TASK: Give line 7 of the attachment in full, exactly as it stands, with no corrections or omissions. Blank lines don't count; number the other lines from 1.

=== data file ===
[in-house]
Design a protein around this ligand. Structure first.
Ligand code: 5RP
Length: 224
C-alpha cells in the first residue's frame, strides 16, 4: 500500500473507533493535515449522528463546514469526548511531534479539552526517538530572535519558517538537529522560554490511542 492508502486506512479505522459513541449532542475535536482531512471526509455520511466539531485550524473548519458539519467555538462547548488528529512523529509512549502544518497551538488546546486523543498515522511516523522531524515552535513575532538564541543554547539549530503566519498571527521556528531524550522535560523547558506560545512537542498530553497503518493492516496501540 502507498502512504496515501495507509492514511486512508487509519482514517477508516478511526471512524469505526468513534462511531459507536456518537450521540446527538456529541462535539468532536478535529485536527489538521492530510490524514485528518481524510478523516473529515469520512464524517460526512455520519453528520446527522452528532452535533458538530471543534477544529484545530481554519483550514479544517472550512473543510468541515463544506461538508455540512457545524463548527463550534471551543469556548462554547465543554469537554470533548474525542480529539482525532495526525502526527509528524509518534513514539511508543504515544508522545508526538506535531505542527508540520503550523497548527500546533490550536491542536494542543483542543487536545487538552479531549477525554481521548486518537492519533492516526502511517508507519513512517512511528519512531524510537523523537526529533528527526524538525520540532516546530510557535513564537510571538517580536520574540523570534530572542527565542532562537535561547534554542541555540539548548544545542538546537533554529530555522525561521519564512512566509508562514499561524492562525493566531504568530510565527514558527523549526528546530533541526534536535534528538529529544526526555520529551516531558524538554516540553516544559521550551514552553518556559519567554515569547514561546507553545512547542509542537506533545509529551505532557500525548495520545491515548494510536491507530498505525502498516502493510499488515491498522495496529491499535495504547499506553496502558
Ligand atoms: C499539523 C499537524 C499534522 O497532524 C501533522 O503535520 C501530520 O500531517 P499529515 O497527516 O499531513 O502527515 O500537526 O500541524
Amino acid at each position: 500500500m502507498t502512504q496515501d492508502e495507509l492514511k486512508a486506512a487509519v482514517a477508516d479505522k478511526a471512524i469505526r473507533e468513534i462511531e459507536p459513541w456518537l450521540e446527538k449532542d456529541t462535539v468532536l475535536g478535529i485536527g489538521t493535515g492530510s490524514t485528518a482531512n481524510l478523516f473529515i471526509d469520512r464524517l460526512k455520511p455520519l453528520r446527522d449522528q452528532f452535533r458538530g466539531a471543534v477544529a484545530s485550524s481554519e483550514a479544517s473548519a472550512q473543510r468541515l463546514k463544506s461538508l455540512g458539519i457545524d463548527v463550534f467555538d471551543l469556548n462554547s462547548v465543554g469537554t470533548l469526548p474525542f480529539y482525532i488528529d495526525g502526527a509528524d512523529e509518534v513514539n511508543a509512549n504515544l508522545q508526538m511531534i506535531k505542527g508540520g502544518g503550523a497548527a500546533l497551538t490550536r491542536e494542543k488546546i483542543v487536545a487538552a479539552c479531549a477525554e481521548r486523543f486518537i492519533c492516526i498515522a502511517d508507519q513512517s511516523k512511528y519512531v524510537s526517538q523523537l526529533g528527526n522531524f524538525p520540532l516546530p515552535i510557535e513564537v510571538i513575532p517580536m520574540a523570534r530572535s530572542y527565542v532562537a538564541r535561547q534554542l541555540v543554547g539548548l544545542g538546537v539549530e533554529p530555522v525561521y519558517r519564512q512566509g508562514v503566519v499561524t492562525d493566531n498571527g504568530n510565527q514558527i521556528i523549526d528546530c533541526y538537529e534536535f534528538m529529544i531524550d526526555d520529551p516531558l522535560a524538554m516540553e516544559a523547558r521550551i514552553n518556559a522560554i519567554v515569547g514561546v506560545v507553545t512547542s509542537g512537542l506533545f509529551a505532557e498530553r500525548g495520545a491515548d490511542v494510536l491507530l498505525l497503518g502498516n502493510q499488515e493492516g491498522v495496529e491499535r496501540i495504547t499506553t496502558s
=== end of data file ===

Amino acid at each position: 500500500m502507498t502512504q496515501d492508502e495507509l492514511k486512508a486506512a487509519v482514517a477508516d479505522k478511526a471512524i469505526r473507533e468513534i462511531e459507536p459513541w456518537l450521540e446527538k449532542d456529541t462535539v468532536l475535536g478535529i485536527g489538521t493535515g492530510s490524514t485528518a482531512n481524510l478523516f473529515i471526509d469520512r464524517l460526512k455520511p455520519l453528520r446527522d449522528q452528532f452535533r458538530g466539531a471543534v477544529a484545530s485550524s481554519e483550514a479544517s473548519a472550512q473543510r468541515l463546514k463544506s461538508l455540512g458539519i457545524d463548527v463550534f467555538d471551543l469556548n462554547s462547548v465543554g469537554t470533548l469526548p474525542f480529539y482525532i488528529d495526525g502526527a509528524d512523529e509518534v513514539n511508543a509512549n504515544l508522545q508526538m511531534i506535531k505542527g508540520g502544518g503550523a497548527a500546533l497551538t490550536r491542536e494542543k488546546i483542543v487536545a487538552a479539552c479531549a477525554e481521548r486523543f486518537i492519533c492516526i498515522a502511517d508507519q513512517s511516523k512511528y519512531v524510537s526517538q523523537l526529533g528527526n522531524f524538525p520540532l516546530p515552535i510557535e513564537v510571538i513575532p517580536m520574540a523570534r530572535s530572542y527565542v532562537a538564541r535561547q534554542l541555540v543554547g539548548l544545542g538546537v539549530e533554529p530555522v525561521y519558517r519564512q512566509g508562514v503566519v499561524t492562525d493566531n498571527g504568530n510565527q514558527i521556528i523549526d528546530c533541526y538537529e534536535f534528538m529529544i531524550d526526555d520529551p516531558l522535560a524538554m516540553e516544559a523547558r521550551i514552553n518556559a522560554i519567554v515569547g514561546v506560545v507553545t512547542s509542537g512537542l506533545f509529551a505532557e498530553r500525548g495520545a491515548d490511542v494510536l491507530l498505525l497503518g502498516n502493510q499488515e493492516g491498522v495496529e491499535r496501540i495504547t499506553t496502558s